Data Management and Communication

Defining Paradata in Heritage Visualisation

by Drew Baker

The composer Felix Mendelssohn is known to have said ‘music is not too indefinite for words, but too definite’. Similarly Data Objects, objects about which data are held, have often been considered to be too vague and have been pinned down to specific and objective categories through the use of metadata. This paper examines data and their metamorphosis. It proposes that there exists a parallel stream of ancillary information to metadata which is generated as part of a visualization-based research process. The latter should be documented and disseminated alongside the outcomes of visual research.

These ‘paradata’, the paper argues, are essential to understanding and building successful and intellectually transparent research hypotheses and conclusions, particularly in areas where data are questionable, incomplete or conflicting. The author explores how this can be applied to the process of creating 3D computer visualization for research.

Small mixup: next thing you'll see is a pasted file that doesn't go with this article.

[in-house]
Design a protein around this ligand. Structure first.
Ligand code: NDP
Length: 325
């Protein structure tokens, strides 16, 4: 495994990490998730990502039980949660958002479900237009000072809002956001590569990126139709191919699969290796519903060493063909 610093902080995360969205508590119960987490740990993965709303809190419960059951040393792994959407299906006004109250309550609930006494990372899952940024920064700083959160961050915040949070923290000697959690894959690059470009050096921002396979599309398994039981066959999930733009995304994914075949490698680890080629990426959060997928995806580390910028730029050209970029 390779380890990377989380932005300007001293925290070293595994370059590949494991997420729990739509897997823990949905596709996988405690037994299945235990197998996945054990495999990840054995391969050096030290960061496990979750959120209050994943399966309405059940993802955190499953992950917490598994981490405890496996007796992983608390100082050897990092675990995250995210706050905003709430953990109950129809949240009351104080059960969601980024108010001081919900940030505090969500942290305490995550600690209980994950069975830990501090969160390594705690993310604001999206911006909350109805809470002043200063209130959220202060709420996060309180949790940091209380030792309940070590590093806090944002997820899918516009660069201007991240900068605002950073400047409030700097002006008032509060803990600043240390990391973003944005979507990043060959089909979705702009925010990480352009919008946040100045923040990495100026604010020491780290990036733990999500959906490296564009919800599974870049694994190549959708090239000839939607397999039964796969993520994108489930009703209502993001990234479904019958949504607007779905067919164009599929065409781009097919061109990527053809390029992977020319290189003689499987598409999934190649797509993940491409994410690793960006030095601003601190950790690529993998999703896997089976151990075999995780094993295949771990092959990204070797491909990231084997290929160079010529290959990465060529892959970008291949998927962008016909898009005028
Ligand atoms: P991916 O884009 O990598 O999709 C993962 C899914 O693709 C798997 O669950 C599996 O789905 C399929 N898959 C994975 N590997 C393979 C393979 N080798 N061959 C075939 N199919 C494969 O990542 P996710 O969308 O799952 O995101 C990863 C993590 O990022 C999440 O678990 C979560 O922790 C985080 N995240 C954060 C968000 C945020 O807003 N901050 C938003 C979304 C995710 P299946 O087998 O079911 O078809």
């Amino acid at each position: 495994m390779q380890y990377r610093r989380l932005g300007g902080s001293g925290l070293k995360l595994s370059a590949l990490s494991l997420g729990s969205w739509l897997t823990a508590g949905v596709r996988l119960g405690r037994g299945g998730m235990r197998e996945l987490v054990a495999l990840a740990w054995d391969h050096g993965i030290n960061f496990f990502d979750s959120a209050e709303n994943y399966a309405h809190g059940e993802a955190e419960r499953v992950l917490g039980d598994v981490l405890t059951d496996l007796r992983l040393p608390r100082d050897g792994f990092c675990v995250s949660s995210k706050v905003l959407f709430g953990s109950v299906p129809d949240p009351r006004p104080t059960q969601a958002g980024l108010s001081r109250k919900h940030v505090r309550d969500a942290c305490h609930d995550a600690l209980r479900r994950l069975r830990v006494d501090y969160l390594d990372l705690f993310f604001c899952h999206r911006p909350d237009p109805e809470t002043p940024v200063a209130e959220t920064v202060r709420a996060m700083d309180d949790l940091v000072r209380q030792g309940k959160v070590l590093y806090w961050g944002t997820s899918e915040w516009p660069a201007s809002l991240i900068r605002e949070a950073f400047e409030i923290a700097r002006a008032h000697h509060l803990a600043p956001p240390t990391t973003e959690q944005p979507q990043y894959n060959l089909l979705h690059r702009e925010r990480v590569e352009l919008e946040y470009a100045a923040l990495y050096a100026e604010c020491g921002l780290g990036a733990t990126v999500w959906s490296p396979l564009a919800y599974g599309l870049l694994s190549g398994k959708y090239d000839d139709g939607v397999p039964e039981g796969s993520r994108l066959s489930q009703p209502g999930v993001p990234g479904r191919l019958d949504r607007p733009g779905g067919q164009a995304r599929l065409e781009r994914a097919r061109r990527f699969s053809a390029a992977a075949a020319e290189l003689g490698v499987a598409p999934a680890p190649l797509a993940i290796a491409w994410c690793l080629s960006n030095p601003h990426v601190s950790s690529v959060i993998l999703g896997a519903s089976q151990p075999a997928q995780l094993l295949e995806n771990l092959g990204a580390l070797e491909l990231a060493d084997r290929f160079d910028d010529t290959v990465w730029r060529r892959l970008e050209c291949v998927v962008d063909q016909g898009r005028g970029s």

Result of a visualization task

Figure 14.1 Possible outcome of a task testing cognitive assumptions made in the course of a visualization process © Drew Baker 2007

Data object

Figure 14.2 Overview of a data object (Source???)

DIKW Model

Figure 14.3 A view of the Data, Information, Knowledge, Wisdom (DIKW) Model after Cleveland???, Zeleny???, Ackoff???, Baker???

Paradata relationship

Figure 14.4 Paradata relationship between data loads (Source???)

Data metamorphosis

Figure 14.5 Non-linear versus linear data metamorphosis (Source???)


1 Response to 14

  1. Pingback: Paradata and Transparency in Virtual Heritage | PARADATA

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